Shawky R.

Effect of edaphic factors on vegetation zonation in some littoral and inland salt marshes of Egypt

Abstract The segregation of a few dominant plant species into distinctive zones is characteristic of salt marshes. Vegetation zonation was investigated in the littoral salt marshes (South Marsa Alam region) and the inland salt marshes (Wadi El-Natrun region) of Egypt. Twenty taxa belonging to 18 genera and 11 families were recorded and classified into two sets at the two studied sites and subdivided into four groups by TWINSPAN, according to a relevance value: group A) co-dominated by Juncus acutus and Juncus rigidus; B) – dominated by Aeluropus lagopoides; C, D) – Limonium axillare. The analysis of species diversity in the inland salt marshes as well as the Shannon and the Simpson indices showed the highest species richness compared to that in the littoral salt marshes. The soil of the inland salt marshes was characterized by high percentages of silt, clay, also the soluble anion SO4-2 was the highest. While the most effective factor in the littoral salt marshes was EC, sand fractions, moisture content, soluble cations as Na+, Ca+2, soluble anions as Cl-, organic matter and CaCO3. The proximity matrix between the two types of salt marshes indicated that they were different, except for the stands of Juncus rigidus, the elucidation distance was the smallest and they were similar together.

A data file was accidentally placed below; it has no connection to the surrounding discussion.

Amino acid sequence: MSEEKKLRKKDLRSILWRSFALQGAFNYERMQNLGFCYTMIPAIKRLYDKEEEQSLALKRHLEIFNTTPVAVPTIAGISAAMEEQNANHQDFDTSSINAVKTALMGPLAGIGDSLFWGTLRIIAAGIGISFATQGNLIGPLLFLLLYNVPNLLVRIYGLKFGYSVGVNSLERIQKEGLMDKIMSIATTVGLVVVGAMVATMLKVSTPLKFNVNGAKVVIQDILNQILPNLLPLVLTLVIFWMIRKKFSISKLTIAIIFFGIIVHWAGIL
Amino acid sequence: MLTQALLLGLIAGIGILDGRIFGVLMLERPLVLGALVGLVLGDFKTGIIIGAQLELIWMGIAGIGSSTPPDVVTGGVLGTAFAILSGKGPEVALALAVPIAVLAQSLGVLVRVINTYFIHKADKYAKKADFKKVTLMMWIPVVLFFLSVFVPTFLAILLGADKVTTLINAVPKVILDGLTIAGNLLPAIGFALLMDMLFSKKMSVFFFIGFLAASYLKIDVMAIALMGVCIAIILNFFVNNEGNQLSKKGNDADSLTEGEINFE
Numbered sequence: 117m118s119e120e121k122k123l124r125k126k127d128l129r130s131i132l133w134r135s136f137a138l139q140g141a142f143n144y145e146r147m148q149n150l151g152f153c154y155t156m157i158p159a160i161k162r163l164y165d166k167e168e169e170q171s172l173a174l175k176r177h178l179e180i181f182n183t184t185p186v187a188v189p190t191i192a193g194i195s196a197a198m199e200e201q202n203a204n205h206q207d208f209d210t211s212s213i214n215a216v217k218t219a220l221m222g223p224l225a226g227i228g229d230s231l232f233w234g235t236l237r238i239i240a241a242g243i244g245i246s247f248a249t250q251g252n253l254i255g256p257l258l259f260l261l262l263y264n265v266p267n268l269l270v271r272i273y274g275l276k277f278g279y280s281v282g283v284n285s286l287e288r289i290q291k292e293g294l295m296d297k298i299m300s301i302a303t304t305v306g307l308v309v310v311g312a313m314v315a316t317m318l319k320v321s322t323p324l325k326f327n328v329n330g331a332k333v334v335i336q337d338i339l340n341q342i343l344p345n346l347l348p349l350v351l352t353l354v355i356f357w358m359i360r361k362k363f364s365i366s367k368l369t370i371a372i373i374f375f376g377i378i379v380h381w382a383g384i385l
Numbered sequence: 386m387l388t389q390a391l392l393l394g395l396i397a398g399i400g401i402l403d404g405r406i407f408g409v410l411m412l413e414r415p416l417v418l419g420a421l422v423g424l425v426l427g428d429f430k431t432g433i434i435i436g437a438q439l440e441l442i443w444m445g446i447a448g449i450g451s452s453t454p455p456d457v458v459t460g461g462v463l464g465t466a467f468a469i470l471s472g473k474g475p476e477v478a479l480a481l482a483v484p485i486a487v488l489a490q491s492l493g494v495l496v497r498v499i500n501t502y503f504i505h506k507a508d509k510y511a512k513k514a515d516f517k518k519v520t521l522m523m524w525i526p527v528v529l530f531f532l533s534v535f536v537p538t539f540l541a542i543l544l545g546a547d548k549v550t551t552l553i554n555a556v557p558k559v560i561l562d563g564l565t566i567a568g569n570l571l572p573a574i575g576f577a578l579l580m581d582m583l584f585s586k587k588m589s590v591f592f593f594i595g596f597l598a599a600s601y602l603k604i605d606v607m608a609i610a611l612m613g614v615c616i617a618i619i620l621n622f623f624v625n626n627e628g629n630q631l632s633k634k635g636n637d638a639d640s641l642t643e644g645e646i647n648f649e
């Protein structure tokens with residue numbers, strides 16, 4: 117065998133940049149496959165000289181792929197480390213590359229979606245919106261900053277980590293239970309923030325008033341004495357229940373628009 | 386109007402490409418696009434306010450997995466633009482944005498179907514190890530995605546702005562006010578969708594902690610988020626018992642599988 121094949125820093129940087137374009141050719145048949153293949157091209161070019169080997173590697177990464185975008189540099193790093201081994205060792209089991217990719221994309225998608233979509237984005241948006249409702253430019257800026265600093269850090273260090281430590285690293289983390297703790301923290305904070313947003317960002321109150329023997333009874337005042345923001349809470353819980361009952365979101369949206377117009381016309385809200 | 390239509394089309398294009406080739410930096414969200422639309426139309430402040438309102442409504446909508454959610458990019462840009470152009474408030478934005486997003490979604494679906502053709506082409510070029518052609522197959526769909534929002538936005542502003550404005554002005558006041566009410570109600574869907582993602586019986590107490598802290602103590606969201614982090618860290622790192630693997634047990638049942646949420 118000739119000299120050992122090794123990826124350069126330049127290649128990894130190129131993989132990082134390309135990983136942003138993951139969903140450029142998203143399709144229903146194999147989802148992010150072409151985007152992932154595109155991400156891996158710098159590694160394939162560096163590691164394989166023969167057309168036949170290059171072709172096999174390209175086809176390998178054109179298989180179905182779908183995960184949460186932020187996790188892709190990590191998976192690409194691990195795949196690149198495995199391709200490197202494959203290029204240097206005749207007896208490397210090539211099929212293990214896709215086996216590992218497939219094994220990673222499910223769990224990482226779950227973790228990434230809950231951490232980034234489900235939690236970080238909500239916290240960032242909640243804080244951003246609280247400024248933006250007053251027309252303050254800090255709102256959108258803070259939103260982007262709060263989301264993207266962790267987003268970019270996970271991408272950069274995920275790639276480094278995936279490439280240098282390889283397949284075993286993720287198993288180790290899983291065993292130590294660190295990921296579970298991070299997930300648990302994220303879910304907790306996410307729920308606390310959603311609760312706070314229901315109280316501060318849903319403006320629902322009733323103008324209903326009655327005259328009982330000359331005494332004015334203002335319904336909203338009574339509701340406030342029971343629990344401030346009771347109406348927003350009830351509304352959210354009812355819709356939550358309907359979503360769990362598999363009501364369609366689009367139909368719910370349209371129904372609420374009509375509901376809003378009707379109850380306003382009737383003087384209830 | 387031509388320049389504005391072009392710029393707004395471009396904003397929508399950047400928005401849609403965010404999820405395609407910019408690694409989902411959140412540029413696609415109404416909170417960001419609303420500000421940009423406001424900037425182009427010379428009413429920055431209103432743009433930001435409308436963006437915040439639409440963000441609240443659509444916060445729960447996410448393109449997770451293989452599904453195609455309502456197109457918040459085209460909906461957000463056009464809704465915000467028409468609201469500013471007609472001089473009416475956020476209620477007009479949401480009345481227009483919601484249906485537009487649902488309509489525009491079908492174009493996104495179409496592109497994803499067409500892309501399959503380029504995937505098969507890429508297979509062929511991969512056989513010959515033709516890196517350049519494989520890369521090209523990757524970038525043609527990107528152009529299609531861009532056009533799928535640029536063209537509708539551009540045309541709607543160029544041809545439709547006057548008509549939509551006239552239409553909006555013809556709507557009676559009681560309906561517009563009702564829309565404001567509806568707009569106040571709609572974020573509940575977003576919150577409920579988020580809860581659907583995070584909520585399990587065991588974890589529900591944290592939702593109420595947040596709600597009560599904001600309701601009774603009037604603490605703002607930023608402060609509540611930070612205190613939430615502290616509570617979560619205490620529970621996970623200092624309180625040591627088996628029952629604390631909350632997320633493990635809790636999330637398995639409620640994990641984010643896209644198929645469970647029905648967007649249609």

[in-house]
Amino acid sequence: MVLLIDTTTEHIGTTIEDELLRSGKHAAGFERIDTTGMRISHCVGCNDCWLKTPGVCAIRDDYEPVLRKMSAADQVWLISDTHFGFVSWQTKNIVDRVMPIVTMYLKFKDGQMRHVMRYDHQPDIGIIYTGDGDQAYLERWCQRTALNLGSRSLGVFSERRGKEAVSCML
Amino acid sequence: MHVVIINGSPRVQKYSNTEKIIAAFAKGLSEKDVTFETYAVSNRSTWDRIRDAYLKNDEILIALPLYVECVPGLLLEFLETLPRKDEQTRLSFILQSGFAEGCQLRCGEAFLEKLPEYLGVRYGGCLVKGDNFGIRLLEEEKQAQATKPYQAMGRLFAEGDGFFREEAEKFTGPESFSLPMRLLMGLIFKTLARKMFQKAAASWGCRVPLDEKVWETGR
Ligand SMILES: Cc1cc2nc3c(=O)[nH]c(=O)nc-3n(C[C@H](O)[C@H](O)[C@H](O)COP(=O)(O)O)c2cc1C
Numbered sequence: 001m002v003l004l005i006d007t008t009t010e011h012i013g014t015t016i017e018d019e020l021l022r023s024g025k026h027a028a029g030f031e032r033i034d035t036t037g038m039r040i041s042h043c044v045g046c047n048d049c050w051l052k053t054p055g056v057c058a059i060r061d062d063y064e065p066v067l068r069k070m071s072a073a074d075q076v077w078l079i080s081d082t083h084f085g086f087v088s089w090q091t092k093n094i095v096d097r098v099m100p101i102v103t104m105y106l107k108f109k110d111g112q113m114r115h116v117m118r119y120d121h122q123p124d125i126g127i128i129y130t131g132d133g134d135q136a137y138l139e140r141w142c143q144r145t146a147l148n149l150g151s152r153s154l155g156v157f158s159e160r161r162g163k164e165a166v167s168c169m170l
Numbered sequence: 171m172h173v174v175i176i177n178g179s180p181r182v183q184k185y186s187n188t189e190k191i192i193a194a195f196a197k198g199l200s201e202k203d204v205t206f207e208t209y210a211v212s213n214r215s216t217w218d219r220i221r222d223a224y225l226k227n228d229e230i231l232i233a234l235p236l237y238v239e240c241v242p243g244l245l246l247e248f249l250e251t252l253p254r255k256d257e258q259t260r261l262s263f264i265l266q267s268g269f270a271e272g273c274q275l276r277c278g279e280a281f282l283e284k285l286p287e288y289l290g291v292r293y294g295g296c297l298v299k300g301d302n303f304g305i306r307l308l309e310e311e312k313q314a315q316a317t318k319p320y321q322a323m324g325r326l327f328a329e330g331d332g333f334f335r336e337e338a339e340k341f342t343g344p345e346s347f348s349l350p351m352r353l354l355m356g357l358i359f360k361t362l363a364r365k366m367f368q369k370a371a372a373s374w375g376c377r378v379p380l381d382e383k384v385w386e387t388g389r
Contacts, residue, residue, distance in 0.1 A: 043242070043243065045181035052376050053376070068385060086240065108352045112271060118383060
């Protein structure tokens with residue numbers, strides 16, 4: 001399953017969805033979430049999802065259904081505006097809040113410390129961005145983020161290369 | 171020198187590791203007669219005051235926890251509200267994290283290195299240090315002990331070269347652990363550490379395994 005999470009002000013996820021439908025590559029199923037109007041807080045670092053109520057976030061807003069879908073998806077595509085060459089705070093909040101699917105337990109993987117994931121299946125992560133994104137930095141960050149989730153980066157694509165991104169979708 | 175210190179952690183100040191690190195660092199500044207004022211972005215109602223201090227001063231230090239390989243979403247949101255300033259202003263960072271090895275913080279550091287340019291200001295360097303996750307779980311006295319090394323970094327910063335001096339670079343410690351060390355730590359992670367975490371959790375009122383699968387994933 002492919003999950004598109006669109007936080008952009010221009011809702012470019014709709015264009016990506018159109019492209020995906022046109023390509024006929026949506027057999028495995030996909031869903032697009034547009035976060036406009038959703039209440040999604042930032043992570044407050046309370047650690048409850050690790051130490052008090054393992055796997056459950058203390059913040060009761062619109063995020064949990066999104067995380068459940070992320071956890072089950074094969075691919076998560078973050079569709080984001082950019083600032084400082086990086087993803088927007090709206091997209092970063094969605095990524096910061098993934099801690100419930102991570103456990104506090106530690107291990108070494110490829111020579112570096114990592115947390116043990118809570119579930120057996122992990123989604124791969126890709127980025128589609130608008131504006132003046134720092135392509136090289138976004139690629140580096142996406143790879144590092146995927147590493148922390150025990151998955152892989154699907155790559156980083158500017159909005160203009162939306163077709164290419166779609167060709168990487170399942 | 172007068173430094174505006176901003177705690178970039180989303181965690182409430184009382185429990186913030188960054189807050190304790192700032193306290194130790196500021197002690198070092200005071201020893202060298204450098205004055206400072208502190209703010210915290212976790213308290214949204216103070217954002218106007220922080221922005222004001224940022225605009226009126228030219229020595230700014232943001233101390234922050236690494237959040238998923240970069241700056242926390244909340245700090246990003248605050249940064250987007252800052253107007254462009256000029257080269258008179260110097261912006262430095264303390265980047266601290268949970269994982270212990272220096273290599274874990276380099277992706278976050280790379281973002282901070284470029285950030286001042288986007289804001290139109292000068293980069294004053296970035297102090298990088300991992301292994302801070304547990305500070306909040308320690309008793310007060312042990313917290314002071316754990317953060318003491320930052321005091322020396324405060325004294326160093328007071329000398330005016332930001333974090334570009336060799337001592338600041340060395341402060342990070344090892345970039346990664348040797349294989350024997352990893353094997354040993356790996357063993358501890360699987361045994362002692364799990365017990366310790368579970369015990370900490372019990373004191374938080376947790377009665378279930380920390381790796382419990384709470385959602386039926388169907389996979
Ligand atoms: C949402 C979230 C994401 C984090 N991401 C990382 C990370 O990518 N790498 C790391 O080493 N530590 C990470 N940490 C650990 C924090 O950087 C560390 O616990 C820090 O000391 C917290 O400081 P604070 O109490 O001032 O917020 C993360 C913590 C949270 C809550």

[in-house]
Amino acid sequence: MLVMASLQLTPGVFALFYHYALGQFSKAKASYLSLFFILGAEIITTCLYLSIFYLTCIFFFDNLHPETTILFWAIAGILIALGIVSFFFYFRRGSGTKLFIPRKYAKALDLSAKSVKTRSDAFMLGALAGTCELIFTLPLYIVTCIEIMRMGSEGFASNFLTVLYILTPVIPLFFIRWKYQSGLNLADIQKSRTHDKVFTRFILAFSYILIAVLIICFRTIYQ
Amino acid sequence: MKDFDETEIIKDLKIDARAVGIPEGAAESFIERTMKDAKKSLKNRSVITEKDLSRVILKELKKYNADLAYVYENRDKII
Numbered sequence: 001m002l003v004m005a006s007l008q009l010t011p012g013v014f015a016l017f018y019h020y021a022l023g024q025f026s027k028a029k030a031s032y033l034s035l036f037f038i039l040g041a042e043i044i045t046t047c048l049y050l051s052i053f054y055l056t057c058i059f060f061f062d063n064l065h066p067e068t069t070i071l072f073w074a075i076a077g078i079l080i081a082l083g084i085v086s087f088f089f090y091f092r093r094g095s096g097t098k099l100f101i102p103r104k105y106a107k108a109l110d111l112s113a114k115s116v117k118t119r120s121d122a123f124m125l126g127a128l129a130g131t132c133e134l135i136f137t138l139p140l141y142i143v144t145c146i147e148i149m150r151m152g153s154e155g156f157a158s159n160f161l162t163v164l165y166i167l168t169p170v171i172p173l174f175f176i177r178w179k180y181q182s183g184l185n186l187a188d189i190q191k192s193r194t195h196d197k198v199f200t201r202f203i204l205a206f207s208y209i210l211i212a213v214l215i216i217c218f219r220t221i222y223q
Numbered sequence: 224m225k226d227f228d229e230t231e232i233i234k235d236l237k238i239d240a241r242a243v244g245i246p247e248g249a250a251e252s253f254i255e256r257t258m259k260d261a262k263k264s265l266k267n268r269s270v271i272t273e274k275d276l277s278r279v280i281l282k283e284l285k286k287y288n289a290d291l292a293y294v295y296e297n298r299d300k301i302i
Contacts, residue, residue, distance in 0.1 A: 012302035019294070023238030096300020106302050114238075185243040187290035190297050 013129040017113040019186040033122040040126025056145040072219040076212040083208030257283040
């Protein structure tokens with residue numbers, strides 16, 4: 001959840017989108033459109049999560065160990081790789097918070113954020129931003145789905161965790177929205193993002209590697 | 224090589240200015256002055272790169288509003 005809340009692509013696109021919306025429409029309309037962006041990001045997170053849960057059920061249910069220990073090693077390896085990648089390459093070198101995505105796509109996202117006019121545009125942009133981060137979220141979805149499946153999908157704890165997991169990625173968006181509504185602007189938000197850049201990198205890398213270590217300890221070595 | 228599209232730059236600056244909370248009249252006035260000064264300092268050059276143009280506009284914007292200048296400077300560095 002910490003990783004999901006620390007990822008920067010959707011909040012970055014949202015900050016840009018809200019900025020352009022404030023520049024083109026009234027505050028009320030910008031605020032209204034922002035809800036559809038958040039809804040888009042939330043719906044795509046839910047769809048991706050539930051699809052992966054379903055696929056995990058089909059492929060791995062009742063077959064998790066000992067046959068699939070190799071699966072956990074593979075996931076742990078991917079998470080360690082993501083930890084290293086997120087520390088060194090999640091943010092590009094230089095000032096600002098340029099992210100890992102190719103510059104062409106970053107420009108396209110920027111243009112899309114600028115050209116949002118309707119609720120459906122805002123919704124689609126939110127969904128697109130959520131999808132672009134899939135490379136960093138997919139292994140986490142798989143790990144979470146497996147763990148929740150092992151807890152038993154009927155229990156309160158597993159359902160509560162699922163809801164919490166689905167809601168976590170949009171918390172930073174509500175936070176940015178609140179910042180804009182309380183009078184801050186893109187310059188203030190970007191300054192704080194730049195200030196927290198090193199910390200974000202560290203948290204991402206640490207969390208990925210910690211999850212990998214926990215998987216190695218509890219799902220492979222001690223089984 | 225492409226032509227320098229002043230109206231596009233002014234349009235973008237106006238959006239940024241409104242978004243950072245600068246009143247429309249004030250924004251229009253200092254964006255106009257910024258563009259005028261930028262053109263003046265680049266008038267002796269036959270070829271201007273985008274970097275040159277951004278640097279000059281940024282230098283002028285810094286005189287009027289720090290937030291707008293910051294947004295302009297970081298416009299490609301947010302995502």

Keywords diversity, edaphic factors, inland, littoral, proximity matrix salt marshes, vegetation, zonation

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